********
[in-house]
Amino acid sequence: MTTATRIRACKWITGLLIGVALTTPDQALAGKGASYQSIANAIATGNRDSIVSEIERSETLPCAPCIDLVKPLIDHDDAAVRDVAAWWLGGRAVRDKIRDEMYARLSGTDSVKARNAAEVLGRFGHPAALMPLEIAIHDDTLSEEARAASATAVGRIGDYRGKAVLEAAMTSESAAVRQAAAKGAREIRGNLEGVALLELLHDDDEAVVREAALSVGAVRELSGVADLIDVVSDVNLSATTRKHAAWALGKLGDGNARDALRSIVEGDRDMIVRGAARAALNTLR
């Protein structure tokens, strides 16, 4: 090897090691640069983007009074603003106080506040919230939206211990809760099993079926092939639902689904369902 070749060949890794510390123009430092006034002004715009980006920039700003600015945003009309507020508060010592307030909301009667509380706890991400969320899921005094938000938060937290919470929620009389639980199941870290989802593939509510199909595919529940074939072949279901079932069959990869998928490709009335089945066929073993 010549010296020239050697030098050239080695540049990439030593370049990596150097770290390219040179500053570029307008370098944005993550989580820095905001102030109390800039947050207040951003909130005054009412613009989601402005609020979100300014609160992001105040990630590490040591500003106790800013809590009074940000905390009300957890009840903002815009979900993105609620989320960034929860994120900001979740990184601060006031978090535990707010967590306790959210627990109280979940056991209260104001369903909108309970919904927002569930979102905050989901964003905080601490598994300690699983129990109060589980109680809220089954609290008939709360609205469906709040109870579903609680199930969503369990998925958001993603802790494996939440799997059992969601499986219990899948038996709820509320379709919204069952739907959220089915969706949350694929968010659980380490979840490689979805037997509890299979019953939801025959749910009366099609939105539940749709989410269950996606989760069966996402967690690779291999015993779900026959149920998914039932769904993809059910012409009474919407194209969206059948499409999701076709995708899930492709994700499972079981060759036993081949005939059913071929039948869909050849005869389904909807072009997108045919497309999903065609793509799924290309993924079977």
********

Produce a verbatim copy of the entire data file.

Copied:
[in-house]
Amino acid sequence: MTTATRIRACKWITGLLIGVALTTPDQALAGKGASYQSIANAIATGNRDSIVSEIERSETLPCAPCIDLVKPLIDHDDAAVRDVAAWWLGGRAVRDKIRDEMYARLSGTDSVKARNAAEVLGRFGHPAALMPLEIAIHDDTLSEEARAASATAVGRIGDYRGKAVLEAAMTSESAAVRQAAAKGAREIRGNLEGVALLELLHDDDEAVVREAALSVGAVRELSGVADLIDVVSDVNLSATTRKHAAWALGKLGDGNARDALRSIVEGDRDMIVRGAARAALNTLR
């Protein structure tokens, strides 16, 4: 090897090691640069983007009074603003106080506040919230939206211990809760099993079926092939639902689904369902 070749060949890794510390123009430092006034002004715009980006920039700003600015945003009309507020508060010592307030909301009667509380706890991400969320899921005094938000938060937290919470929620009389639980199941870290989802593939509510199909595919529940074939072949279901079932069959990869998928490709009335089945066929073993 010549010296020239050697030098050239080695540049990439030593370049990596150097770290390219040179500053570029307008370098944005993550989580820095905001102030109390800039947050207040951003909130005054009412613009989601402005609020979100300014609160992001105040990630590490040591500003106790800013809590009074940000905390009300957890009840903002815009979900993105609620989320960034929860994120900001979740990184601060006031978090535990707010967590306790959210627990109280979940056991209260104001369903909108309970919904927002569930979102905050989901964003905080601490598994300690699983129990109060589980109680809220089954609290008939709360609205469906709040109870579903609680199930969503369990998925958001993603802790494996939440799997059992969601499986219990899948038996709820509320379709919204069952739907959220089915969706949350694929968010659980380490979840490689979805037997509890299979019953939801025959749910009366099609939105539940749709989410269950996606989760069966996402967690690779291999015993779900026959149920998914039932769904993809059910012409009474919407194209969206059948499409999701076709995708899930492709994700499972079981060759036993081949005939059913071929039948869909050849005869389904909807072009997108045919497309999903065609793509799924290309993924079977």